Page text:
Later this month, Richmond Raceway will host something new – its first E-Sports tournament. In case you missed the memo, E-Sports involve people playing video games in what is, perhaps, the fastest growing form of entertainment in the world. By 2020 one industry expert predicts E-Sports will be worth more than the NCAA. Now a Virginia univeristy is preparing one of the first degree-granting college programs in E-Sports.
Overwatch is a video game with a complicated story. It features a multi-cultural cast of super heroes who – guns blazing – battle evil robots. Each character has a backstory – and a wardrobe of cool, colorful clothing.
Many universities now have varsity teams playing this and other video games, and this fall Shenandoah University will offer a major in e-sports management. Business professor Joey Gawrysiak is writing the curriculum.
“The president of the university over the summer was looking for new initiatives, new ideas – kind of take it to the next level," he recalls. "I half jokingly put in there e-sports as a major, and she looked at me and said, ‘Why don’t we do that?’ And I said, ‘Nobody does that,’ and she said, ‘Why not?’”
In 2010 E-Sports competitions offered $5.5 million in prize money. Five years later the pot had grown to $45 million, creating an industry in need of people who know how to organize live and online tournaments.
“You’ve got broadcasters, you’ve got security, you’ve got all these personnel working that event, and you’ve got to understand what the set-up is like before that event actually happens, and how to market that event, so that’s how it’s similar to other events like you would see in sports or a concert,” Gawrysiak explains.
This major seems perfectly natural to grad student Kitana Jervis.
“Actually I was named after a video game character in the franchise Mortal Combat. E-sports is growing really big. It’s going to be the next million dollar industry, and I was like, ‘Alright, cool. I’m on board with that!”
And for others like Kyler Apgar and Morgan Keeler playing video games is a legitimate sport:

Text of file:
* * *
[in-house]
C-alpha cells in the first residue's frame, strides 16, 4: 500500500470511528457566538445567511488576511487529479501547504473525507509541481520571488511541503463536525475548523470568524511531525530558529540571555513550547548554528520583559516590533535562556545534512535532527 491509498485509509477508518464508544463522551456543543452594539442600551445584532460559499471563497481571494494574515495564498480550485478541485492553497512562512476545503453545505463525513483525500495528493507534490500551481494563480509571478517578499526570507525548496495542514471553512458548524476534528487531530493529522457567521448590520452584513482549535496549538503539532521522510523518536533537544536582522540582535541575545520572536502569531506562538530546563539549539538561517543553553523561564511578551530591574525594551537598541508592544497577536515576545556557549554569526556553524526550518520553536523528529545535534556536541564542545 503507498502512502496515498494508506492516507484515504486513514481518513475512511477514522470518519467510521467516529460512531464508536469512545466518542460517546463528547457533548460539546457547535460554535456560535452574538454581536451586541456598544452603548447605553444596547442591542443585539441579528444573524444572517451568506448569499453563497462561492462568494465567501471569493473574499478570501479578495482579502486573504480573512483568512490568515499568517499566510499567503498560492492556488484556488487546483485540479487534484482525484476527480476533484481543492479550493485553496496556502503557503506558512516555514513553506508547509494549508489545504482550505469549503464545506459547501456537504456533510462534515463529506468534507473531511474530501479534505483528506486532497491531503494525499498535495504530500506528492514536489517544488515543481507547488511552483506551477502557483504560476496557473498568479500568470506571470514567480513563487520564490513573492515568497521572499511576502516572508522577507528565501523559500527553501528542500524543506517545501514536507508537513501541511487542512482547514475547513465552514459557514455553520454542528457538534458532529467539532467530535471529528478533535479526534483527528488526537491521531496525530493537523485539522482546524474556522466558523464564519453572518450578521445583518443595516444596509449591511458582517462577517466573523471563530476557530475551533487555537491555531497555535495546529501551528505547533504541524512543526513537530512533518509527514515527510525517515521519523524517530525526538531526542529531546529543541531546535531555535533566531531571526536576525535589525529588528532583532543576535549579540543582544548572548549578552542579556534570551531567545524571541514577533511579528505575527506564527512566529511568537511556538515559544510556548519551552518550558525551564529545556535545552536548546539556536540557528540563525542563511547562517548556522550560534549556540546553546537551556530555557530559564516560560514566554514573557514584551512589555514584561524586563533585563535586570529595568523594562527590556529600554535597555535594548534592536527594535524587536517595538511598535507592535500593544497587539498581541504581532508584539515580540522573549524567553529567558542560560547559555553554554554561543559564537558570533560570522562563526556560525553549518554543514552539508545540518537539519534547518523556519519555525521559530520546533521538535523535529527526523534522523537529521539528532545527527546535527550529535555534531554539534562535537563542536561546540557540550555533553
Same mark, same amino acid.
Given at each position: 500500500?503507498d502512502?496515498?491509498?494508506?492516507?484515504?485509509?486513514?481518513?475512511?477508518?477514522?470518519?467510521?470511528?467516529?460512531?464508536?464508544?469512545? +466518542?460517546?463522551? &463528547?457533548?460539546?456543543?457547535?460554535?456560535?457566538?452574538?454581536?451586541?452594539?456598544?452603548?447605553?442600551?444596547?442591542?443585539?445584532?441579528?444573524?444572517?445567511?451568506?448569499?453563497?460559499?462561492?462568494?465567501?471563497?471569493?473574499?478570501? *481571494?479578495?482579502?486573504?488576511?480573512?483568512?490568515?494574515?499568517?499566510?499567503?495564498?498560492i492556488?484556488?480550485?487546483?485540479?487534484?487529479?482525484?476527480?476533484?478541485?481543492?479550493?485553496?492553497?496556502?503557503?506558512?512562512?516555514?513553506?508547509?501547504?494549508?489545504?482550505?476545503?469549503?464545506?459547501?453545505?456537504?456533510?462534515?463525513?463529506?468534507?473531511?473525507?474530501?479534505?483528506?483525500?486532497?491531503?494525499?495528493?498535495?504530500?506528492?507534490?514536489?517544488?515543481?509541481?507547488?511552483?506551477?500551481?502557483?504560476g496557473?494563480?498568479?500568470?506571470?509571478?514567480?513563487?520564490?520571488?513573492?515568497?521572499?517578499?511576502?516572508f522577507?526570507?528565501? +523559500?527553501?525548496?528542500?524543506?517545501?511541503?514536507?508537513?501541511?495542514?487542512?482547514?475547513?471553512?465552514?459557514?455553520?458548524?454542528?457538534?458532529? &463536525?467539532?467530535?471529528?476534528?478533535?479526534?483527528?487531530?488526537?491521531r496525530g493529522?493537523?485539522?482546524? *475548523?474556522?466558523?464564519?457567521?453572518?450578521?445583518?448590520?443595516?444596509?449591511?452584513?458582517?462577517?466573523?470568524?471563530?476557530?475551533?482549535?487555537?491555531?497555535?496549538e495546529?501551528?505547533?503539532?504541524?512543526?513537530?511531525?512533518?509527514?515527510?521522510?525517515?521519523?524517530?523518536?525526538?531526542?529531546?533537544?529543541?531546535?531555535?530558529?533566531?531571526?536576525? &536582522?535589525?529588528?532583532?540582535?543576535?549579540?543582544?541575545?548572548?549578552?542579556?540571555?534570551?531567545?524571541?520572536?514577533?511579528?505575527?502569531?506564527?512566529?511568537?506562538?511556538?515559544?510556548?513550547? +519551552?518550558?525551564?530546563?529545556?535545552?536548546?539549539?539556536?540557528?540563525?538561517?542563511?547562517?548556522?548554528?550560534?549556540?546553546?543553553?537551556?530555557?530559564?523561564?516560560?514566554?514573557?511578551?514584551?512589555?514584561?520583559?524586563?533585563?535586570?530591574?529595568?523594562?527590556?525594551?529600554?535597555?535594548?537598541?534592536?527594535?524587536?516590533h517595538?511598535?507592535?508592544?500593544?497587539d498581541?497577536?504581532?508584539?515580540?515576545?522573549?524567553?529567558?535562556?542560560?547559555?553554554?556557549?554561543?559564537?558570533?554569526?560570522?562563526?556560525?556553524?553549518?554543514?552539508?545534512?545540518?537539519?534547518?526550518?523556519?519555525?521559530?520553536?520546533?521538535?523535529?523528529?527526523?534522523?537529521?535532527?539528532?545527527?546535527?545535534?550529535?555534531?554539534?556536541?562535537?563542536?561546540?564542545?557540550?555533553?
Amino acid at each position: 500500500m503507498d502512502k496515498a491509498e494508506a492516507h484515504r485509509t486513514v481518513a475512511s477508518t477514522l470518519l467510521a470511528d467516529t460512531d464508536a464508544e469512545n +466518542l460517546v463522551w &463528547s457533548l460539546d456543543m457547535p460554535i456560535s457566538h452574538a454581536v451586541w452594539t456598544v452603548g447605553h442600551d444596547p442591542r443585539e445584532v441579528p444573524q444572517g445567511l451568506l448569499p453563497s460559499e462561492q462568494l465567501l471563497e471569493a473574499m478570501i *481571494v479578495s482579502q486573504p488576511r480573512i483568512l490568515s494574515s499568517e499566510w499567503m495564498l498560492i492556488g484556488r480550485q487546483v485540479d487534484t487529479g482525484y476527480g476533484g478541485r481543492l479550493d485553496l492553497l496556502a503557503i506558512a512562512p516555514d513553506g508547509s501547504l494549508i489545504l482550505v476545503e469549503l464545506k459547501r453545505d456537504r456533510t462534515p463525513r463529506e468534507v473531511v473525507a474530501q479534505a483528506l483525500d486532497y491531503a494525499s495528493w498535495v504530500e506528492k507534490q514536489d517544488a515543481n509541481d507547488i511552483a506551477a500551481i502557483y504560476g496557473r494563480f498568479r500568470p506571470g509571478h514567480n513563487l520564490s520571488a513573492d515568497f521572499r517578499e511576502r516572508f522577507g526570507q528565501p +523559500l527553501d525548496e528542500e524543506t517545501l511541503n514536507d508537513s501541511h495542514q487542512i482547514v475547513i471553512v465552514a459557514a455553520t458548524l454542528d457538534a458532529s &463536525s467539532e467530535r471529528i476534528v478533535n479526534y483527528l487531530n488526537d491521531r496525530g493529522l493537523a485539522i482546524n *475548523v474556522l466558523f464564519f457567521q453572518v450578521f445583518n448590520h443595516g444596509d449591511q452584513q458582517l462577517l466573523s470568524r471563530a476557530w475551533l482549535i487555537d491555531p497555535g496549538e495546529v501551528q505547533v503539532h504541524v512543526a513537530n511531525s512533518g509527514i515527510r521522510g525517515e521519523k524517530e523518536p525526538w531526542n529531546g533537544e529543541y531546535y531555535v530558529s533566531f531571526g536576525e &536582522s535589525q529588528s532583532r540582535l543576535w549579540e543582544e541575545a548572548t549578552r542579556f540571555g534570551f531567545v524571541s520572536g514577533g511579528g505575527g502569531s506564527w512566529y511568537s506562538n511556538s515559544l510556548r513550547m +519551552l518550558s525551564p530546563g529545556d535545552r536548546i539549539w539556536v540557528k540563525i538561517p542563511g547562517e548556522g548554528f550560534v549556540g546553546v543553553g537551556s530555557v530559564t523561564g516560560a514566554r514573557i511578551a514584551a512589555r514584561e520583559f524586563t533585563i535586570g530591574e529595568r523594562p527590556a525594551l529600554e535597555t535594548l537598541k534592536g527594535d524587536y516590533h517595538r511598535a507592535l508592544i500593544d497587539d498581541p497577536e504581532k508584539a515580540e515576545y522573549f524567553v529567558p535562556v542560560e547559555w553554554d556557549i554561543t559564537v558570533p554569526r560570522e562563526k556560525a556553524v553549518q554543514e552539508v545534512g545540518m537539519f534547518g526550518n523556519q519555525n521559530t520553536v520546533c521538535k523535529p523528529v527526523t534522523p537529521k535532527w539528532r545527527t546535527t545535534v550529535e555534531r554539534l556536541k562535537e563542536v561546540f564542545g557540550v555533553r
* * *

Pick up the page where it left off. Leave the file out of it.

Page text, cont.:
“It’s competitive. You know there’s strategy to it," says Kyler Apgar.
"You don’t get to compete at this level without putting in hours of structured practice. Learning how to communicate and work with a team is what puts it up there with all of those other sports," Morgan Keller explains.
"You have to be fit, be eating well, have your mind right – all the typical stuff,” Apgar adds. Which is why the major will also encompass science.
“Exercise physiology – how nutrition impacts performance, and how those impact performance as well as injury rehabilitation, because there are injuries that are happening in e-sports, and you have to understand how to get back to peak performance as quick as possible,” Gawrysiak says.
And even for those who don’t plan to major in E-Sports, Josiah O’Sullivan and Kitana Jervis say it’s good preparation for many other fields.
“You know they say people who play video games make decisions 25% faster than those who don’t.”
“A lot of people think, ‘Oh, you’re playing video games. They’re rotting your mind,’ but really there’s a lot of thought that goes into playing at a competitive level. It really does work your mind and can prepare you for pretty much any field that you want to go into.”
Alumna Renee Sogueco, who now works for Apple in Los Angeles, predicts graduates will have an easy time finding work.
“The tech industry in general, it just has so many positions, so they’ll definitely have an easy time of finding a job. I’m just so jealous. I wish they had this program when I was in school.”
And for the university, Keeler adds, this sport requires a minimal investment. Since most competition takes place online, you don’t need a fancy arena or a team bus.
“The League that we were in this spring, if you won you went to LA to play, but for all of the regular season you get to play on site, which is good for the bank, for the school, and it’s also more convenient for us.”
Finally, it appears the people who pay tuition have not complained. Grandparents might sniff at the idea of majoring in E-Sports, but Jacob Dana says hisr parents are in.
“They’re proud of me for being on the team. They think it’s cool, and it’s just like having a kid on the football team, but less chance of concussion.”
And Sean Kelly adds, “I play with my dad a couple of times a week.”
Shenandoah says it can accommodate about three dozen students in the fall, and already one senior has announced plans to stay an extra year on the Winchester campus to secure a minor in E-Sports.